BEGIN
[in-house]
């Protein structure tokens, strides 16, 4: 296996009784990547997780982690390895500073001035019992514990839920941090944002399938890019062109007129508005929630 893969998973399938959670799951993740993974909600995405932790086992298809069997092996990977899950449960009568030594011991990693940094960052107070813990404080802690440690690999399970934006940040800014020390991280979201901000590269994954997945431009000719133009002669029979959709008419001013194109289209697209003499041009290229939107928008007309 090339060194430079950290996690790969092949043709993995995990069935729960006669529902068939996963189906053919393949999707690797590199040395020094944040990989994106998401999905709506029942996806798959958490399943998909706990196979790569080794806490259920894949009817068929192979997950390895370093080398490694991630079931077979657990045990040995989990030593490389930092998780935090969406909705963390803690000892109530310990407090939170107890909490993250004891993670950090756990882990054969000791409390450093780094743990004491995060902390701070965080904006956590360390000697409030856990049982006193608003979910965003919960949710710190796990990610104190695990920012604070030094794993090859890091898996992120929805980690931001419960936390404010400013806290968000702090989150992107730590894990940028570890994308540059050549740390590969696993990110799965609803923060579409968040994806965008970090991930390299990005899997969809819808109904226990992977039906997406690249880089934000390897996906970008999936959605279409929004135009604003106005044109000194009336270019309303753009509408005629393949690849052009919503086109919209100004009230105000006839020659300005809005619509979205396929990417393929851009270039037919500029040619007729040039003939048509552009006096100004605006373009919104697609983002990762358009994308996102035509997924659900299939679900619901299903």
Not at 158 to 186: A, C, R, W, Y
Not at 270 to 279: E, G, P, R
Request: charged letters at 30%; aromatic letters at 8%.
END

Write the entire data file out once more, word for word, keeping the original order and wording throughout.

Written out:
[in-house]
């Protein structure tokens, strides 16, 4: 296996009784990547997780982690390895500073001035019992514990839920941090944002399938890019062109007129508005929630 893969998973399938959670799951993740993974909600995405932790086992298809069997092996990977899950449960009568030594011991990693940094960052107070813990404080802690440690690999399970934006940040800014020390991280979201901000590269994954997945431009000719133009002669029979959709008419001013194109289209697209003499041009290229939107928008007309 090339060194430079950290996690790969092949043709993995995990069935729960006669529902068939996963189906053919393949999707690797590199040395020094944040990989994106998401999905709506029942996806798959958490399943998909706990196979790569080794806490259920894949009817068929192979997950390895370093080398490694991630079931077979657990045990040995989990030593490389930092998780935090969406909705963390803690000892109530310990407090939170107890909490993250004891993670950090756990882990054969000791409390450093780094743990004491995060902390701070965080904006956590360390000697409030856990049982006193608003979910965003919960949710710190796990990610104190695990920012604070030094794993090859890091898996992120929805980690931001419960936390404010400013806290968000702090989150992107730590894990940028570890994308540059050549740390590969696993990110799965609803923060579409968040994806965008970090991930390299990005899997969809819808109904226990992977039906997406690249880089934000390897996906970008999936959605279409929004135009604003106005044109000194009336270019309303753009509408005629393949690849052009919503086109919209100004009230105000006839020659300005809005619509979205396929990417393929851009270039037919500029040619007729040039003939048509552009006096100004605006373009919104697609983002990762358009994308996102035509997924659900299939679900619901299903």
Not at 158 to 186: A, C, R, W, Y
Not at 270 to 279: E, G, P, R
Request: charged letters at 30%; aromatic letters at 8%.